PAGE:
In the U.S., the number of gig workers increased by 34% from 2020 to 2021. If you’re one of those new gig workers, it’s time to make sure your finances are in order! Whether gigs are your main source of income or part of a side hustle, be sure that you understand your income and expenses a year in advance, separate your business and personal finances, prepare for taxes, have an emergency fund and save for retirement. These tips will help you stretch your dollars and give you peace of mind.
1. Understand your income and expenses a year out
Without a twice-monthly paycheck from an employer, a freelancer’s income typically isn’t 100% reliable. Plus, with taxes not being withdrawn automatically, there’s that to plan for, too! One way to combat the uncertainty and responsibilities of the freelance life, be sure to plan way ahead.
“In order to determine the right monthly salary for yourself, create a budget for the entire year,” said Rasha Al-Sharqawi at http://flan.design. “A budget is not only useful to help set up your rates, it can also be used to prioritize and stretch out your expenses throughout the year to minimize their impact on your budget.”
2. Separate your business and personal money
“It’s not always easy to keep your personal finances separate from your side hustle or small business,” said Kevin Mercadante at http://moneyunder30.com. “But separate you must, otherwise you’ll have no way of knowing if your business is profitable. There’s also the potential to make mistakes.”
Here are the tips Mercadante gives for keeping your personal and business finances separate:
- Apply for an employer ID number (EIN)
- Set up a corporation or an LLC
- Set up a business bank account
- Set up a dedicated space for your business
- Set up separate file storage for your business
- Get a business credit card
3. Prepare for taxes
Tax season 2022 may be nearing its end, but for the freelancer, tax season 2023 is just beginning!
“The self-employed are responsible for staying on top of their tax obligations and figuring out what they owe and when they need to pay it on their own,” said Paula Fernandes at Business News Daily. “For freelancers and independent contractors, tax time isn’t once a year — it’s always on the horizon.”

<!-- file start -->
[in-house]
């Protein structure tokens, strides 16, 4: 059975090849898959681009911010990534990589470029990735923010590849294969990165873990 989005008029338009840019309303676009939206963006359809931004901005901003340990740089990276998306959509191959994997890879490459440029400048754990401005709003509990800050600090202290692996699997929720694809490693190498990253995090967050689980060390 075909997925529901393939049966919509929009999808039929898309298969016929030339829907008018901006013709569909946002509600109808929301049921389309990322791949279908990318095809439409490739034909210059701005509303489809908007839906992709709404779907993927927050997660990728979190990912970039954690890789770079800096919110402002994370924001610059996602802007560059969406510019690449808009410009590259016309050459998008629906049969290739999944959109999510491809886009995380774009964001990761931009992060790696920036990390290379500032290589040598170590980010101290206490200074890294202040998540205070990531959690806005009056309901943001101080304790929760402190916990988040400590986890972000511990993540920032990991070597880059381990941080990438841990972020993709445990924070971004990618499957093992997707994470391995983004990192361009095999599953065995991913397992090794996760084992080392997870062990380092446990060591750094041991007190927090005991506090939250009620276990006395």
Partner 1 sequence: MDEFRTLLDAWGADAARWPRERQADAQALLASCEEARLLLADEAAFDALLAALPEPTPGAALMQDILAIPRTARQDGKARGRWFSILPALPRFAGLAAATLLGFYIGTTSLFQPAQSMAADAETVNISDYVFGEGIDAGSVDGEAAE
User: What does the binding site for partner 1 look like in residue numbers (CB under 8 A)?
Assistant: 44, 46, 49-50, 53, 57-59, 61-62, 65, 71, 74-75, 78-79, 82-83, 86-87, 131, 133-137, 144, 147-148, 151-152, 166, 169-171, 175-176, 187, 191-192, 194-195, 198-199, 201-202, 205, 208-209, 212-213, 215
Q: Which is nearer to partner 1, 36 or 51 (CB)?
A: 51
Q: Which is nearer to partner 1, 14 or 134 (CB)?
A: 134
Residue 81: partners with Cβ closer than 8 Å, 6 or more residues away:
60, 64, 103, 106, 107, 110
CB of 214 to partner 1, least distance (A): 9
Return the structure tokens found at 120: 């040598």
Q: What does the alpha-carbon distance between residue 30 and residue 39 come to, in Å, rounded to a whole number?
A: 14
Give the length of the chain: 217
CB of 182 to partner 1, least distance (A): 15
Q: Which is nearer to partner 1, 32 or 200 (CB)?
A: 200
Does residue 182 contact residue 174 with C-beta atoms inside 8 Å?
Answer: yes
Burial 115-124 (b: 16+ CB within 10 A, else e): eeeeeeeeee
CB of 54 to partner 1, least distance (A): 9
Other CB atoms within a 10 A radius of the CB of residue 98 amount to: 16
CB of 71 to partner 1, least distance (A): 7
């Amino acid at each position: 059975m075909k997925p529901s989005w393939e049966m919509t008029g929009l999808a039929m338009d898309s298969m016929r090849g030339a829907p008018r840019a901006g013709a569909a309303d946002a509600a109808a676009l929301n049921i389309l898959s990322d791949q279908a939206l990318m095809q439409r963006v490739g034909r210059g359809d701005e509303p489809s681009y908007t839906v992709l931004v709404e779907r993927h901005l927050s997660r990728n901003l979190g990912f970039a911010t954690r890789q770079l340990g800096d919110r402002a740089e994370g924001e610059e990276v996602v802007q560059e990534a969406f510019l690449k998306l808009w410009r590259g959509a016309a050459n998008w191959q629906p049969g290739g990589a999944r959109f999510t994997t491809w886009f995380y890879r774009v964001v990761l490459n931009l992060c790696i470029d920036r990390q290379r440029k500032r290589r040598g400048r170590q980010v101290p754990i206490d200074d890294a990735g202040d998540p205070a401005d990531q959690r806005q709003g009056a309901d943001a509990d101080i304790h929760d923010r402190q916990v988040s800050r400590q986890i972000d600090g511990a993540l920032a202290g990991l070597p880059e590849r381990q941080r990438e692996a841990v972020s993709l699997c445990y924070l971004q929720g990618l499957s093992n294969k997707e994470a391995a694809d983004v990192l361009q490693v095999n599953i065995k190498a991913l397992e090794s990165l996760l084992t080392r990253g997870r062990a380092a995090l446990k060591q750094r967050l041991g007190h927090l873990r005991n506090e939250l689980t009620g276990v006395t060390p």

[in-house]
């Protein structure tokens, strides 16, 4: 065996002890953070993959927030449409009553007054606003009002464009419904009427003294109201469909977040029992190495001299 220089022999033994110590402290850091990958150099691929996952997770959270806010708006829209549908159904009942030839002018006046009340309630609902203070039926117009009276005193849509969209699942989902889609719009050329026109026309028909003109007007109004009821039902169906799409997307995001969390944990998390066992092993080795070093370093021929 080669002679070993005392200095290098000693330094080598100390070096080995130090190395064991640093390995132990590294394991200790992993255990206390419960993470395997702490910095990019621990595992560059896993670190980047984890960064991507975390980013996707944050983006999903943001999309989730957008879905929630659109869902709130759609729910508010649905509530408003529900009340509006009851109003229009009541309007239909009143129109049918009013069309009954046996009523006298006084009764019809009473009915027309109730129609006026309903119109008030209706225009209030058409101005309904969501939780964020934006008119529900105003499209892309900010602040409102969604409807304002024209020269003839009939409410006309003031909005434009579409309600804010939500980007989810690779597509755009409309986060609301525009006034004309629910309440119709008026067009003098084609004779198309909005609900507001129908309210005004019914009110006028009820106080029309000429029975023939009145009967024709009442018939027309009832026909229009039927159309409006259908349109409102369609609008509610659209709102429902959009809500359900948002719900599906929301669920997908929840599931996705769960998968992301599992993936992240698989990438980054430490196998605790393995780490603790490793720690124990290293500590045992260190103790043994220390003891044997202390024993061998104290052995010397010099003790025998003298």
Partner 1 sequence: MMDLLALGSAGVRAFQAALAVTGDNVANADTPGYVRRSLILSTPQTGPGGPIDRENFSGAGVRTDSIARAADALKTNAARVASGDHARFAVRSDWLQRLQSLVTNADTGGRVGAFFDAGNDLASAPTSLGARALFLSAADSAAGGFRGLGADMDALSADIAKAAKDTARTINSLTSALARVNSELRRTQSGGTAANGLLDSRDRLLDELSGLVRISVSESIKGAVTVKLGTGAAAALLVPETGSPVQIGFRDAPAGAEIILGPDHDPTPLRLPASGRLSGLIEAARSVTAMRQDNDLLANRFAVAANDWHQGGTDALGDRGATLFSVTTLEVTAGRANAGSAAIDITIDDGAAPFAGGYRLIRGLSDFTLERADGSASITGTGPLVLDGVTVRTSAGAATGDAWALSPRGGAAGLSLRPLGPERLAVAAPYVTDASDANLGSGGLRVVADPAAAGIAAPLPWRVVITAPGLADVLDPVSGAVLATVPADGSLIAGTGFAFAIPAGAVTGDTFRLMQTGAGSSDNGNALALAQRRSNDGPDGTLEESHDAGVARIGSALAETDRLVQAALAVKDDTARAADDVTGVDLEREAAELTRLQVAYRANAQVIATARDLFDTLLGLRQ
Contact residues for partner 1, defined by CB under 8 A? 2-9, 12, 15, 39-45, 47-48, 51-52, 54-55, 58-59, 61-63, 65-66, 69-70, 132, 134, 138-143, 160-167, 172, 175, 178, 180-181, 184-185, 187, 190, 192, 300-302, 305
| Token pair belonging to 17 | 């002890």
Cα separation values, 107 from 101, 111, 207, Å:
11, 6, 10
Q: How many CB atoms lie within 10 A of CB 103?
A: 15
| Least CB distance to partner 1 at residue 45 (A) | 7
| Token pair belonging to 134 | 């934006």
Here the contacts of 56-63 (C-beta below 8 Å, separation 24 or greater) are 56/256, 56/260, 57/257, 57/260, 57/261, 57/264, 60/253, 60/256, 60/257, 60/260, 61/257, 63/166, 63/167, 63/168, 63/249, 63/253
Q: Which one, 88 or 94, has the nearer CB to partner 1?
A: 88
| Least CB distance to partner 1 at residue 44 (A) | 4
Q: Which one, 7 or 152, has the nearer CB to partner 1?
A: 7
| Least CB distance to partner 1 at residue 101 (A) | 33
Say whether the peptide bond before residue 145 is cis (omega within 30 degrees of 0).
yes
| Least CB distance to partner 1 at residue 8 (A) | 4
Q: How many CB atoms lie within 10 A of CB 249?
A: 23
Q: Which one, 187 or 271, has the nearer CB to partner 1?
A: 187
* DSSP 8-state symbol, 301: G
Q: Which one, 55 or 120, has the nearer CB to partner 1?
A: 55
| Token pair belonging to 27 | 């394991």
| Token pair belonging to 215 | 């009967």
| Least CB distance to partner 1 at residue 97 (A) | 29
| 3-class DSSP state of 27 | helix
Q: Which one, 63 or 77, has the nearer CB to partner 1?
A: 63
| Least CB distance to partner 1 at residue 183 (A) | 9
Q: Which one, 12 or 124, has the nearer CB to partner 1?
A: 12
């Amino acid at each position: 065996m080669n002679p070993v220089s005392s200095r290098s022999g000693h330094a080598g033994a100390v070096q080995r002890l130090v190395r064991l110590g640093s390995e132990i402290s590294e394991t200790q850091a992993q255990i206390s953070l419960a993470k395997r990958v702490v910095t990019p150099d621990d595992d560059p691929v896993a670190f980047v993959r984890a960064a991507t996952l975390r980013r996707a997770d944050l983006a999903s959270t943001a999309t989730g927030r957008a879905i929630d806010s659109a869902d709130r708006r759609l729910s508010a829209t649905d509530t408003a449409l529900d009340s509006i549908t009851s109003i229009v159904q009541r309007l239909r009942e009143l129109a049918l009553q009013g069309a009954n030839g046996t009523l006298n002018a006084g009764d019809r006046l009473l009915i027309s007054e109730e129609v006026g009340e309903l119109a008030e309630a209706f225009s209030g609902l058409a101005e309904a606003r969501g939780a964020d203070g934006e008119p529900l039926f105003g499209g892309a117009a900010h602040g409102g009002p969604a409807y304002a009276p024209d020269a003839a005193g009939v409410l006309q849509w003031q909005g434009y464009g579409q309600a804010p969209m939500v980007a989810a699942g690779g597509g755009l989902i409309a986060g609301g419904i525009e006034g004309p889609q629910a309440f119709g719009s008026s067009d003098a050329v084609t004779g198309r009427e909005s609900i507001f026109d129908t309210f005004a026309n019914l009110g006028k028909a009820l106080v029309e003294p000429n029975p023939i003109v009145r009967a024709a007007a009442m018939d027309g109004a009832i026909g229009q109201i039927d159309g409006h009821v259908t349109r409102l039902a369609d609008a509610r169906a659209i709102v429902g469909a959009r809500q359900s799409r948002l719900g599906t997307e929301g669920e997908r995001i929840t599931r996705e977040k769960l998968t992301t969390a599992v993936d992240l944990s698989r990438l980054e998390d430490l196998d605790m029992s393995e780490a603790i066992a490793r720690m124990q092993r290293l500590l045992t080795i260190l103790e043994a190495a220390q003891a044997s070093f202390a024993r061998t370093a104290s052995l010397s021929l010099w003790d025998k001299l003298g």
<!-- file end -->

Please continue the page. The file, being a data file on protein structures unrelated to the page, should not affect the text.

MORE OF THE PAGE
You might consider hiring a tax professional to help you, at least for the first year or so, while you figure out your business structure and how to prepare each time.
4. Have an emergency fund
Financial experts often suggest having at least three months’ worth of salary in the bank to use in case of an emergency. If you were to lose your income, that amount gives you a nice buffer to find work and still be able to pay your bills.
“Think of it as an insurance policy. Rather than paying premiums to a company, you’re paying yourself money that you can use at a later date,” said Janet Fowler at Investopedia. “The cash can be accessed quickly and easily if some unfortunate event happens to occur.”
5. Save for retirement
Everyone needs to plan for retirement, but if you are self-employed, you need to plan better than most. Ana Lucia Murillo at http://money.com offers three tips freelancers can follow to save for retirement:
- Before you start saving for retirement, get your finances in order as best you can.
- Find good health insurance and disability insurance.
- Choose a retirement plan. There are traditional IRAs, Roth IRAs, SEP-IRAs (Simplified Employee Pensions), or solo-401(k)s to choose from.
You might also consider hiring an investment advisor, like Merrill Financial Associates in Provo, to help you make the best decisions for your future.
To sum up, here are the financial moves you should make if you are a freelancer: Understand your income and expenses a year in advance, separate your business and personal finances, prepare for taxes, have an emergency fund and save for retirement. Taking these steps will make your financial situation smoother and help you sleep better at night.